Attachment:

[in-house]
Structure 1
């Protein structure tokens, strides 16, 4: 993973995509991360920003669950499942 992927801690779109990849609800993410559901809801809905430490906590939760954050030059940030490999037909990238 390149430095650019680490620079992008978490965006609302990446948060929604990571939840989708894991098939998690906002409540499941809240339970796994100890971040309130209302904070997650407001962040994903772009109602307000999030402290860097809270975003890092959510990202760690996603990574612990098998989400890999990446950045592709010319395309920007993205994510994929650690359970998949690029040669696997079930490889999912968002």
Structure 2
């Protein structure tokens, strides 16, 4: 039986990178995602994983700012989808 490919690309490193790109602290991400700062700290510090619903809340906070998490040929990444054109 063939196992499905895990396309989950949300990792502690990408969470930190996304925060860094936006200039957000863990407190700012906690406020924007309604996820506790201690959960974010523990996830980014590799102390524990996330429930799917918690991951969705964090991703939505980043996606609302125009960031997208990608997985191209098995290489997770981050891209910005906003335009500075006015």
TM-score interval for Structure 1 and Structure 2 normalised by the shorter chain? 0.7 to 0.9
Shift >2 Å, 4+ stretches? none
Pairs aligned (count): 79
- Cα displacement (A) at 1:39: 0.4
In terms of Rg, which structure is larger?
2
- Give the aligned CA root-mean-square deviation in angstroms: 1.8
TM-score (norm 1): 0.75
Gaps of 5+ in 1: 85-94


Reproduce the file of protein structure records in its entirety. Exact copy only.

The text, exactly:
[in-house]
Structure 1
């Protein structure tokens, strides 16, 4: 993973995509991360920003669950499942 992927801690779109990849609800993410559901809801809905430490906590939760954050030059940030490999037909990238 390149430095650019680490620079992008978490965006609302990446948060929604990571939840989708894991098939998690906002409540499941809240339970796994100890971040309130209302904070997650407001962040994903772009109602307000999030402290860097809270975003890092959510990202760690996603990574612990098998989400890999990446950045592709010319395309920007993205994510994929650690359970998949690029040669696997079930490889999912968002």
Structure 2
């Protein structure tokens, strides 16, 4: 039986990178995602994983700012989808 490919690309490193790109602290991400700062700290510090619903809340906070998490040929990444054109 063939196992499905895990396309989950949300990792502690990408969470930190996304925060860094936006200039957000863990407190700012906690406020924007309604996820506790201690959960974010523990996830980014590799102390524990996330429930799917918690991951969705964090991703939505980043996606609302125009960031997208990608997985191209098995290489997770981050891209910005906003335009500075006015």
TM-score interval for Structure 1 and Structure 2 normalised by the shorter chain? 0.7 to 0.9
Shift >2 Å, 4+ stretches? none
Pairs aligned (count): 79
- Cα displacement (A) at 1:39: 0.4
In terms of Rg, which structure is larger?
2
- Give the aligned CA root-mean-square deviation in angstroms: 1.8
TM-score (norm 1): 0.75
Gaps of 5+ in 1: 85-94